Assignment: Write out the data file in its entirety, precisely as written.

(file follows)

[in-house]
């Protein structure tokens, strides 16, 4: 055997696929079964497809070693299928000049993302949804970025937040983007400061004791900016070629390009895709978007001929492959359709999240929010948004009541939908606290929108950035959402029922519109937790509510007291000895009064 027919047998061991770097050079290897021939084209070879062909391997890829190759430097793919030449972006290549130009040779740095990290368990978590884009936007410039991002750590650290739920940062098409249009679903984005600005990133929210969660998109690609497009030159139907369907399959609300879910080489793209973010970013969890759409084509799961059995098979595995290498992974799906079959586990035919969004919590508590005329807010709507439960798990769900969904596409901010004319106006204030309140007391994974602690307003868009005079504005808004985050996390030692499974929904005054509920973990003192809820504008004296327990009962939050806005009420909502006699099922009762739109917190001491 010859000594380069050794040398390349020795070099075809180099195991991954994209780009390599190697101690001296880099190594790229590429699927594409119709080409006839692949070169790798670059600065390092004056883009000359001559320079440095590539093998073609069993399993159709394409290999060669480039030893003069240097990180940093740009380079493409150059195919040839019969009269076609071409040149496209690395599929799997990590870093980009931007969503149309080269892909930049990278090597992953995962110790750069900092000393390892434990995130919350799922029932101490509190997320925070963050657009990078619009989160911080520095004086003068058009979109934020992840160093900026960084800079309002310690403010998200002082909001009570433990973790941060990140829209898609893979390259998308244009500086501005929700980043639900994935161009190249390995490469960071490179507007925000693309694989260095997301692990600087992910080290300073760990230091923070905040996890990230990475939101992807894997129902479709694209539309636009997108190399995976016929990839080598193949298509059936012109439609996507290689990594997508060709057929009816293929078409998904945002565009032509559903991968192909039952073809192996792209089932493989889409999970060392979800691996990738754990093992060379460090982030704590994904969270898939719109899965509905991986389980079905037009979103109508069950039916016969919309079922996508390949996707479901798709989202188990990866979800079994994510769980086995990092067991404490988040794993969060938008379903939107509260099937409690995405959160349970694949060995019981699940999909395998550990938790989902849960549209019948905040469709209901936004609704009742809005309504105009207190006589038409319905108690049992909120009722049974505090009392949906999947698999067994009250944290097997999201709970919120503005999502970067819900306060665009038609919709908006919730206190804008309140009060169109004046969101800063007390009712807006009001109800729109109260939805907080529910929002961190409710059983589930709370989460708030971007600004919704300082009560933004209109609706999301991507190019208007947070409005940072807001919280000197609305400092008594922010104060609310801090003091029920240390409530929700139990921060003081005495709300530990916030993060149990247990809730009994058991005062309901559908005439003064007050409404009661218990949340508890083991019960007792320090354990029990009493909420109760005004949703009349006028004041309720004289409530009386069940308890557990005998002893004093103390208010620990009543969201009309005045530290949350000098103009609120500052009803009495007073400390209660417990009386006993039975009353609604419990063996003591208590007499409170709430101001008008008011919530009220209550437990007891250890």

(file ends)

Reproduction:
[in-house]
């Protein structure tokens, strides 16, 4: 055997696929079964497809070693299928000049993302949804970025937040983007400061004791900016070629390009895709978007001929492959359709999240929010948004009541939908606290929108950035959402029922519109937790509510007291000895009064 027919047998061991770097050079290897021939084209070879062909391997890829190759430097793919030449972006290549130009040779740095990290368990978590884009936007410039991002750590650290739920940062098409249009679903984005600005990133929210969660998109690609497009030159139907369907399959609300879910080489793209973010970013969890759409084509799961059995098979595995290498992974799906079959586990035919969004919590508590005329807010709507439960798990769900969904596409901010004319106006204030309140007391994974602690307003868009005079504005808004985050996390030692499974929904005054509920973990003192809820504008004296327990009962939050806005009420909502006699099922009762739109917190001491 010859000594380069050794040398390349020795070099075809180099195991991954994209780009390599190697101690001296880099190594790229590429699927594409119709080409006839692949070169790798670059600065390092004056883009000359001559320079440095590539093998073609069993399993159709394409290999060669480039030893003069240097990180940093740009380079493409150059195919040839019969009269076609071409040149496209690395599929799997990590870093980009931007969503149309080269892909930049990278090597992953995962110790750069900092000393390892434990995130919350799922029932101490509190997320925070963050657009990078619009989160911080520095004086003068058009979109934020992840160093900026960084800079309002310690403010998200002082909001009570433990973790941060990140829209898609893979390259998308244009500086501005929700980043639900994935161009190249390995490469960071490179507007925000693309694989260095997301692990600087992910080290300073760990230091923070905040996890990230990475939101992807894997129902479709694209539309636009997108190399995976016929990839080598193949298509059936012109439609996507290689990594997508060709057929009816293929078409998904945002565009032509559903991968192909039952073809192996792209089932493989889409999970060392979800691996990738754990093992060379460090982030704590994904969270898939719109899965509905991986389980079905037009979103109508069950039916016969919309079922996508390949996707479901798709989202188990990866979800079994994510769980086995990092067991404490988040794993969060938008379903939107509260099937409690995405959160349970694949060995019981699940999909395998550990938790989902849960549209019948905040469709209901936004609704009742809005309504105009207190006589038409319905108690049992909120009722049974505090009392949906999947698999067994009250944290097997999201709970919120503005999502970067819900306060665009038609919709908006919730206190804008309140009060169109004046969101800063007390009712807006009001109800729109109260939805907080529910929002961190409710059983589930709370989460708030971007600004919704300082009560933004209109609706999301991507190019208007947070409005940072807001919280000197609305400092008594922010104060609310801090003091029920240390409530929700139990921060003081005495709300530990916030993060149990247990809730009994058991005062309901559908005439003064007050409404009661218990949340508890083991019960007792320090354990029990009493909420109760005004949703009349006028004041309720004289409530009386069940308890557990005998002893004093103390208010620990009543969201009309005045530290949350000098103009609120500052009803009495007073400390209660417990009386006993039975009353609604419990063996003591208590007499409170709430101001008008008011919530009220209550437990007891250890």